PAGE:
Spruce uses Sass (Syntactically Awesome Style Sheets) to generate CSS code. Sass is a popular and mature CSS extension language that lets us write stylesheets more programmatically.
Is Sass Needed to Use Spruce?
Yes, it is. Spruce uses few utility classes. It uses mixins, functions, and variables (both Sass and CSS custom properties) to give a better development experience.To get the most out of it, you should use with Sass.
You can also use it as plain CSS, but it is a simpler version, and we only recommend it for prototyping.
Why Use Sass?
Well, for this question, there is a lot of reasonable answers. In this case, we like the idea of generating only as much code as we need. With this, Sass is a great help:
- using mixins and functions, we can create valuable helpers to access various functions or generated variables.
- It is a framework (of some sort); it must be expandable and adjustable. With Sass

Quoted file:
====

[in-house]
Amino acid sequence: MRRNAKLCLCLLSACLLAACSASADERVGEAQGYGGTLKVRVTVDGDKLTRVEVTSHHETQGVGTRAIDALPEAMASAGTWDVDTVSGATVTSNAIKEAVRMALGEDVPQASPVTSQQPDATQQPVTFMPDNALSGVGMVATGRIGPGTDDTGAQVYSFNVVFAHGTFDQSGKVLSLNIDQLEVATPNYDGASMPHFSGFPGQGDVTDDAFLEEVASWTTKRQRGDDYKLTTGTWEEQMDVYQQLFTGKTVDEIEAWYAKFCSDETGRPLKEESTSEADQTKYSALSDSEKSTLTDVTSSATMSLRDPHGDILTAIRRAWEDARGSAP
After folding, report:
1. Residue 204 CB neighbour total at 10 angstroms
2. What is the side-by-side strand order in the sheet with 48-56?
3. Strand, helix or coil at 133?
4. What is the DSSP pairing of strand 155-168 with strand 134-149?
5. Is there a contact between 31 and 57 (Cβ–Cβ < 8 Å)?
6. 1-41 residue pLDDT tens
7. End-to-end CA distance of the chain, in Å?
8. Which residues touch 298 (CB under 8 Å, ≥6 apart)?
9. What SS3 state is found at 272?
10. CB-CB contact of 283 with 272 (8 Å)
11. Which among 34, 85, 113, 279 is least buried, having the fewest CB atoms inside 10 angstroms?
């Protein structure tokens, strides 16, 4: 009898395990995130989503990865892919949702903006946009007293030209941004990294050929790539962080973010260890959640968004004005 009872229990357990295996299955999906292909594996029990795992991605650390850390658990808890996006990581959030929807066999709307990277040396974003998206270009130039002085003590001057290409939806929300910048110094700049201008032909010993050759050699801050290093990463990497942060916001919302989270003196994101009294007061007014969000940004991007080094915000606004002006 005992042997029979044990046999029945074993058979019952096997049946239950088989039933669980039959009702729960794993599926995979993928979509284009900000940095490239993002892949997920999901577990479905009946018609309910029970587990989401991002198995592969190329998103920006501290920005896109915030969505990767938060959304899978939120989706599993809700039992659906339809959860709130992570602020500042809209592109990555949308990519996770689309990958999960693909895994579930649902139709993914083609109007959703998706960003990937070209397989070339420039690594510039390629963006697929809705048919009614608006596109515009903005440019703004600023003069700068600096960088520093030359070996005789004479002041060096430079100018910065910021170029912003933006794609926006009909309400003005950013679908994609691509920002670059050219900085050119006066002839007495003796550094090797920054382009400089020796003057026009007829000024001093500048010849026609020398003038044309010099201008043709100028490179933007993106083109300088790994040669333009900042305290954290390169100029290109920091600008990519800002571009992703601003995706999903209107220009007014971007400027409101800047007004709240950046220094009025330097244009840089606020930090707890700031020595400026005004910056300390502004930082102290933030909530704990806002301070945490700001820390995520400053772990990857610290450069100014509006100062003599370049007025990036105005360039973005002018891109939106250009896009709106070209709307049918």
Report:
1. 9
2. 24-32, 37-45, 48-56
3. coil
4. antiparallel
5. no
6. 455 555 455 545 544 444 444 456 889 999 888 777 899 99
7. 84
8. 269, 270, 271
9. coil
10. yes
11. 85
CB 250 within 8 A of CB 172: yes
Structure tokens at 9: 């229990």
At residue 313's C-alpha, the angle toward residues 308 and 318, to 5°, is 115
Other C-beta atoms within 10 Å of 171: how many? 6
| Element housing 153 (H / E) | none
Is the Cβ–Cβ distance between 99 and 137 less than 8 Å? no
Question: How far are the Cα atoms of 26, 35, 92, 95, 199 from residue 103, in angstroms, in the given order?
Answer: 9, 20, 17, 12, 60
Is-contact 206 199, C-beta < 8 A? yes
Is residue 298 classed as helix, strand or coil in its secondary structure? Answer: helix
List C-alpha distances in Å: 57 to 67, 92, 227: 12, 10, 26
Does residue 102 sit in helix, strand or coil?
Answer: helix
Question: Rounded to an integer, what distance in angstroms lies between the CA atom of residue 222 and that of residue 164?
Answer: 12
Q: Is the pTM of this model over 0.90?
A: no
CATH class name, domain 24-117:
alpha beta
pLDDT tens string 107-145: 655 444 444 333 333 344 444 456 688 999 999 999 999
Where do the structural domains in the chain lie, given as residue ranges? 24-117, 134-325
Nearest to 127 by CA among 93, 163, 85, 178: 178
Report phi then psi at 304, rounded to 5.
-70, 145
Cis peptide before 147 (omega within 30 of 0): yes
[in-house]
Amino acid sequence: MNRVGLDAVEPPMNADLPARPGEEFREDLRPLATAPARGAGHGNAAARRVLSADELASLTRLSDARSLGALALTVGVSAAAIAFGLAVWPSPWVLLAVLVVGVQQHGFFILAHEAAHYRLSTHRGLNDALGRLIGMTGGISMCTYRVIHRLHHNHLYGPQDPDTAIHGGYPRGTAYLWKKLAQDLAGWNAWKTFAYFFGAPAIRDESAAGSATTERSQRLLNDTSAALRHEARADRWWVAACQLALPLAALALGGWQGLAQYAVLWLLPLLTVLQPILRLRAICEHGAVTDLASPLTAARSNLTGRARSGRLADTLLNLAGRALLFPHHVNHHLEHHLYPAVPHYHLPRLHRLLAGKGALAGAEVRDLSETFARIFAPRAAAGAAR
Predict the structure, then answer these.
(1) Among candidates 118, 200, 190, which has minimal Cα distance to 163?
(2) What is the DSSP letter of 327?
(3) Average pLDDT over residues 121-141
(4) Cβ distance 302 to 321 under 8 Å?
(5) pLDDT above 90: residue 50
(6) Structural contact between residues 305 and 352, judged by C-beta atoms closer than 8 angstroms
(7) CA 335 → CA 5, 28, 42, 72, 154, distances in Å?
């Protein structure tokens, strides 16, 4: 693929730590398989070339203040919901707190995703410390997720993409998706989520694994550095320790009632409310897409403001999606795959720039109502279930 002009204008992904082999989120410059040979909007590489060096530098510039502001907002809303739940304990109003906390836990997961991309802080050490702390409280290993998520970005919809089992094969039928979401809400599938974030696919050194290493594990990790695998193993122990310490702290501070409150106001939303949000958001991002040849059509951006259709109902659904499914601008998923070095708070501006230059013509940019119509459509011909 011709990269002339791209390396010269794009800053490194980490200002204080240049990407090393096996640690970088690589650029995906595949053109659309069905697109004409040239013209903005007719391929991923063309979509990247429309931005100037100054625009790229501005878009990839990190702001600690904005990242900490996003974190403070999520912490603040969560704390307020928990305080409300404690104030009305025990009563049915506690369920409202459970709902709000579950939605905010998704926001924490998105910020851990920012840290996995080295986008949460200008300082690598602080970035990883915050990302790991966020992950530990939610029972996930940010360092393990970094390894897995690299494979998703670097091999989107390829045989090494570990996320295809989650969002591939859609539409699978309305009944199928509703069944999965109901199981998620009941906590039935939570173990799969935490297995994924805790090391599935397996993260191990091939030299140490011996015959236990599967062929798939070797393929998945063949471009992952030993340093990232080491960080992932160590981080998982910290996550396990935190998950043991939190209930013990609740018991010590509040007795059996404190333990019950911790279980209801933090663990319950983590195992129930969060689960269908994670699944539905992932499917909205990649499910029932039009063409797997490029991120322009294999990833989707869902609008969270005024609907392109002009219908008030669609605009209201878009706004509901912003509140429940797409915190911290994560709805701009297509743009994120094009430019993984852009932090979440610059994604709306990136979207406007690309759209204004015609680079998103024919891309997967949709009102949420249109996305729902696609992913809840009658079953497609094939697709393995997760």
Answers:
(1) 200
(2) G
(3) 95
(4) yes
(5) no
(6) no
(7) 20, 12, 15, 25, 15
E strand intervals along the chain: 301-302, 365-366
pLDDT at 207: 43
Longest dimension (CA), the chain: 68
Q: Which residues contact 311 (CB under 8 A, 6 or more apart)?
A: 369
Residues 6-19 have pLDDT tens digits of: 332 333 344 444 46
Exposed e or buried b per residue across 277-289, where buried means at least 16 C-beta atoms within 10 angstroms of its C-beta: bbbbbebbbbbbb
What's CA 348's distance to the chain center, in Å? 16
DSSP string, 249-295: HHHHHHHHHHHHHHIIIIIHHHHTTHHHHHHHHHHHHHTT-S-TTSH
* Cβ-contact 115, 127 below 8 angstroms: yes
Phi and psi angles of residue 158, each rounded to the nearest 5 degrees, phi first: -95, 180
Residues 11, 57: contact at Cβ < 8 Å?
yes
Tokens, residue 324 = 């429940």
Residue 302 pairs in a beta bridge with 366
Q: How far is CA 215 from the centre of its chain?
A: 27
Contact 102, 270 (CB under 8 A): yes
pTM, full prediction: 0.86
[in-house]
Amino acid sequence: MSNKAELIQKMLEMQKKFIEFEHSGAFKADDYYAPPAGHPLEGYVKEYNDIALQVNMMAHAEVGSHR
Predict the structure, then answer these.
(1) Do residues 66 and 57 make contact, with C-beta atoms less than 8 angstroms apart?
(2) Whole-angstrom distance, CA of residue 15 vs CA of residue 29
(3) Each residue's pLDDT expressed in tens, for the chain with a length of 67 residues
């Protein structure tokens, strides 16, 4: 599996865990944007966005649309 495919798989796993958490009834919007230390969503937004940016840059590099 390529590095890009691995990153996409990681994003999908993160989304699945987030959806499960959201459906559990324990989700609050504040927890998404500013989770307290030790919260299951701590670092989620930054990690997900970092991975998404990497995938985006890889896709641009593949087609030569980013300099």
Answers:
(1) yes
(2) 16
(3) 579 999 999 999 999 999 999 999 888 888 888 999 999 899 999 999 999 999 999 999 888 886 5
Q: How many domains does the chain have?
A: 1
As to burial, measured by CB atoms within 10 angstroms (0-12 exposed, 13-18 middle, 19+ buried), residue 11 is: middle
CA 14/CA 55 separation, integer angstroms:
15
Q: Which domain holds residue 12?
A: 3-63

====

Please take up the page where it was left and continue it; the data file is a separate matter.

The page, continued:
@use, we can easily configure the default variables and settings.
- Sass is more than just nesting (an excellent feature too). We can programmatically write and generate our CSS code.
- It is evolving with new features. Also, today setup the compiling is a simple task through npm script.
Dart Sass, @use and @forward
The Spruce CSS framework uses the newest Dart Sass. Sass is a tool with great support and development, so following the latest recommendations is always a good idea.
For example, the @import statement is now deprecated, and the @use, @forward, takes its place.
For more information about this change, please visit the official documentation.